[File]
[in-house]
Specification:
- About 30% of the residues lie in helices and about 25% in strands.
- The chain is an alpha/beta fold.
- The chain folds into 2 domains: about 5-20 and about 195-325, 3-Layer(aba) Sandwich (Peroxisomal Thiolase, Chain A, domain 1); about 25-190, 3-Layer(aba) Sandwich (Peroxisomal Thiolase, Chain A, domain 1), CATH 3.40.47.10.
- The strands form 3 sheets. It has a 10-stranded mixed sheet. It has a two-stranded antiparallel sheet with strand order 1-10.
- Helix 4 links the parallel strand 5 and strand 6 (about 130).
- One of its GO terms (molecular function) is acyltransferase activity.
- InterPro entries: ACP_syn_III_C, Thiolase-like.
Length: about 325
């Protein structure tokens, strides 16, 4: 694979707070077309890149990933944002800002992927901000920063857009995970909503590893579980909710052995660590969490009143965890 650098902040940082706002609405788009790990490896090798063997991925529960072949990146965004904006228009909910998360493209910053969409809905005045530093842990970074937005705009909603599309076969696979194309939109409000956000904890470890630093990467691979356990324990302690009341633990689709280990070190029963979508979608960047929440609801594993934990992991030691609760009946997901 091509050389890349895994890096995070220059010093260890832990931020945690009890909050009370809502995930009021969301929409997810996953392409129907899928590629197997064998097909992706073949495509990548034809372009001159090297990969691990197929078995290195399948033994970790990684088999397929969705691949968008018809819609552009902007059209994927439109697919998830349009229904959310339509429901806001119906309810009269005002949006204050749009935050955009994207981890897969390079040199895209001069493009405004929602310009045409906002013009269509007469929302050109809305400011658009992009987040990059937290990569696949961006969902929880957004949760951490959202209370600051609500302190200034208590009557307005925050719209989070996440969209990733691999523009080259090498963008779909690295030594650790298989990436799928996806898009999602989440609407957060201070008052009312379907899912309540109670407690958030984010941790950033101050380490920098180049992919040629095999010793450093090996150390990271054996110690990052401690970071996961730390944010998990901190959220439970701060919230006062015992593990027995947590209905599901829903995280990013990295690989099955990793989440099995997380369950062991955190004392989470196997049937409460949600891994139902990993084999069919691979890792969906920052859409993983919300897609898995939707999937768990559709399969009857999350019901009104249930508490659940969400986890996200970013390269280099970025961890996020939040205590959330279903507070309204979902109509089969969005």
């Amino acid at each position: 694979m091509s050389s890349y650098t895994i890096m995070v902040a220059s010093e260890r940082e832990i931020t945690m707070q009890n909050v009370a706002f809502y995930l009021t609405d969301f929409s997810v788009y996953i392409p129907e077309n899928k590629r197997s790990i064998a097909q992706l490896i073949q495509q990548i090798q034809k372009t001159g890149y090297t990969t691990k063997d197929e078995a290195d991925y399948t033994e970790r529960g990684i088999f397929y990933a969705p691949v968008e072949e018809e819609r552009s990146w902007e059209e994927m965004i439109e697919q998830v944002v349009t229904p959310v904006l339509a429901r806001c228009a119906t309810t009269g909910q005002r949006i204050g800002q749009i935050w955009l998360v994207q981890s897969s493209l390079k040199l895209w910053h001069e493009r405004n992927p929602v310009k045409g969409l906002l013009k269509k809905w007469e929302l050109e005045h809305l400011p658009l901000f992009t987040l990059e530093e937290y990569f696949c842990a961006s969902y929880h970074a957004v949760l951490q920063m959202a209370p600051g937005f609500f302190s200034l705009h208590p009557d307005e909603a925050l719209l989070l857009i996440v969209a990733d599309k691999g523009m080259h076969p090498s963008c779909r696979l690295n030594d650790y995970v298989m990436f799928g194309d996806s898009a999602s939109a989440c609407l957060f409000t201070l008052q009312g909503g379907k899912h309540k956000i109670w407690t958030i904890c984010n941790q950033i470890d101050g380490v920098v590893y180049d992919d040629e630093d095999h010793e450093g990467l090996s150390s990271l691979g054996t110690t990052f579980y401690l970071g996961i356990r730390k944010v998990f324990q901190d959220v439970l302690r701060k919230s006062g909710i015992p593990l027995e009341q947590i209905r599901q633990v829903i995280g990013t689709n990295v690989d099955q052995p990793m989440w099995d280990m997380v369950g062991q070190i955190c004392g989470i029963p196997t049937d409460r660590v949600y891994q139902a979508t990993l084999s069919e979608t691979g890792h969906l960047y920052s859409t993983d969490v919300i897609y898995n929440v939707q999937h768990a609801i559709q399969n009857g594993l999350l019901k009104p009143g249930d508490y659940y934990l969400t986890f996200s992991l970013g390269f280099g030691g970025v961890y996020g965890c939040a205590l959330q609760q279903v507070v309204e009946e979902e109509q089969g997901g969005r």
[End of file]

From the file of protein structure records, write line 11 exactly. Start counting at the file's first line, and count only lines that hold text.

């Protein structure tokens, strides 16, 4: 694979707070077309890149990933944002800002992927901000920063857009995970909503590893579980909710052995660590969490009143965890 650098902040940082706002609405788009790990490896090798063997991925529960072949990146965004904006228009909910998360493209910053969409809905005045530093842990970074937005705009909603599309076969696979194309939109409000956000904890470890630093990467691979356990324990302690009341633990689709280990070190029963979508979608960047929440609801594993934990992991030691609760009946997901 091509050389890349895994890096995070220059010093260890832990931020945690009890909050009370809502995930009021969301929409997810996953392409129907899928590629197997064998097909992706073949495509990548034809372009001159090297990969691990197929078995290195399948033994970790990684088999397929969705691949968008018809819609552009902007059209994927439109697919998830349009229904959310339509429901806001119906309810009269005002949006204050749009935050955009994207981890897969390079040199895209001069493009405004929602310009045409906002013009269509007469929302050109809305400011658009992009987040990059937290990569696949961006969902929880957004949760951490959202209370600051609500302190200034208590009557307005925050719209989070996440969209990733691999523009080259090498963008779909690295030594650790298989990436799928996806898009999602989440609407957060201070008052009312379907899912309540109670407690958030984010941790950033101050380490920098180049992919040629095999010793450093090996150390990271054996110690990052401690970071996961730390944010998990901190959220439970701060919230006062015992593990027995947590209905599901829903995280990013990295690989099955990793989440099995997380369950062991955190004392989470196997049937409460949600891994139902990993084999069919691979890792969906920052859409993983919300897609898995939707999937768990559709399969009857999350019901009104249930508490659940969400986890996200970013390269280099970025961890996020939040205590959330279903507070309204979902109509089969969005």